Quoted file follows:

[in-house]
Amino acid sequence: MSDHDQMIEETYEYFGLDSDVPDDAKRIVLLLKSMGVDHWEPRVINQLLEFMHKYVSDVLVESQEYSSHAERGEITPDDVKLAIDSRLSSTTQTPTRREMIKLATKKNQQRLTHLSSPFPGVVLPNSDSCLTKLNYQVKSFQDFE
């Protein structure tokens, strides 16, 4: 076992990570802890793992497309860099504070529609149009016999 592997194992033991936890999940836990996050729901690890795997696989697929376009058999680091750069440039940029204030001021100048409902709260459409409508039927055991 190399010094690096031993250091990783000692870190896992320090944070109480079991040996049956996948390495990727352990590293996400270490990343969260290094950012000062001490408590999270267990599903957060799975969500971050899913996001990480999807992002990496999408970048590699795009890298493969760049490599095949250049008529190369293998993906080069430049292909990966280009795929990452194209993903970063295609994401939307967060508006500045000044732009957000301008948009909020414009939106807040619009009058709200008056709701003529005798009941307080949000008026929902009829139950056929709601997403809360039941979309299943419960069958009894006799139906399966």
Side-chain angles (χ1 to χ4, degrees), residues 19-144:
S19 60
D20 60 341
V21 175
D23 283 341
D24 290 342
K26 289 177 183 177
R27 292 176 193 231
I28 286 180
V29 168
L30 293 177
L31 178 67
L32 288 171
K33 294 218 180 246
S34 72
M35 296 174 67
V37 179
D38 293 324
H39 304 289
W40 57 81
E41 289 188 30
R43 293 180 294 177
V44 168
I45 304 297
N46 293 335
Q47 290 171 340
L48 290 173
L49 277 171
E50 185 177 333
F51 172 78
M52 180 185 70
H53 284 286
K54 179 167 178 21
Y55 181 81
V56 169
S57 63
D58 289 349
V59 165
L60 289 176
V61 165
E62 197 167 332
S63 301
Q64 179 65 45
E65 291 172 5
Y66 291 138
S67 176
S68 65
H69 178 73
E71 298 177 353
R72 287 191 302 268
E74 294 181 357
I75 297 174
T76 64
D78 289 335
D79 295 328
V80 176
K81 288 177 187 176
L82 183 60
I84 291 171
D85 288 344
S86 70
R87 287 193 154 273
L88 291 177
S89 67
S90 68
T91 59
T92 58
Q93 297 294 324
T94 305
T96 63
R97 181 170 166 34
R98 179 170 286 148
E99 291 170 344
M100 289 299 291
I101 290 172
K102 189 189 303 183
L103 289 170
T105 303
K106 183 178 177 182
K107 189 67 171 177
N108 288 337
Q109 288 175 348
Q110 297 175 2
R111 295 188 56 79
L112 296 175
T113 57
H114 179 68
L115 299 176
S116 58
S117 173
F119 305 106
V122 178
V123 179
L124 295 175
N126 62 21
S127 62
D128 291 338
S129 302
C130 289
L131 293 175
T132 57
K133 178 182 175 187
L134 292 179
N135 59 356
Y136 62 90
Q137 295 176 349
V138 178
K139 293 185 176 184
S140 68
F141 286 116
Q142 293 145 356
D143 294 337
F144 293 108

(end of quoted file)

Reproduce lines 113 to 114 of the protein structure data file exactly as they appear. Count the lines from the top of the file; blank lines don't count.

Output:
F141 286 116
Q142 293 145 356